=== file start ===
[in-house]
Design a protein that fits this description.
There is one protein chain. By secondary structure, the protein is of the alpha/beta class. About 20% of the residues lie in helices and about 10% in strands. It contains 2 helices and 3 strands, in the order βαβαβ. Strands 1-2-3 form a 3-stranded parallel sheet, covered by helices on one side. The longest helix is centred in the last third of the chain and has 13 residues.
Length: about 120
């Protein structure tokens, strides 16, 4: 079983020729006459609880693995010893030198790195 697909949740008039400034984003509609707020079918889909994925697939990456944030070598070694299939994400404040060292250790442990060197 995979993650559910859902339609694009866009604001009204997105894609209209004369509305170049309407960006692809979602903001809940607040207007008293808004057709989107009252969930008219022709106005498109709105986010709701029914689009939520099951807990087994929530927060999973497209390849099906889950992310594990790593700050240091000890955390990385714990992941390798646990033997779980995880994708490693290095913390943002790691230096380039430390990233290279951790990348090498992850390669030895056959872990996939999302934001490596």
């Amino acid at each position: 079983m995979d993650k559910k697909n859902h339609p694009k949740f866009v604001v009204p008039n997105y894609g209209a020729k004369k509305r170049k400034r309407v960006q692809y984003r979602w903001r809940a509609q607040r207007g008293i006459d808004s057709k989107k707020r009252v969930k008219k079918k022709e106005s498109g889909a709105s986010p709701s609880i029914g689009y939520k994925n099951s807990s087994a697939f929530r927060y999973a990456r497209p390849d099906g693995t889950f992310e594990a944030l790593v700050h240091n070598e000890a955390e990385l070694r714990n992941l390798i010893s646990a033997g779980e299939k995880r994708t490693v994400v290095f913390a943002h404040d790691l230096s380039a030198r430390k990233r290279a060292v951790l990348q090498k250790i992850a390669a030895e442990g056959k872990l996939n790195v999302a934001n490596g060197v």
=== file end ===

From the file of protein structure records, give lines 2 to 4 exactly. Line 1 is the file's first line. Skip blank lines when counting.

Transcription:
Design a protein that fits this description.
There is one protein chain. By secondary structure, the protein is of the alpha/beta class. About 20% of the residues lie in helices and about 10% in strands. It contains 2 helices and 3 strands, in the order βαβαβ. Strands 1-2-3 form a 3-stranded parallel sheet, covered by helices on one side. The longest helix is centred in the last third of the chain and has 13 residues.
Length: about 120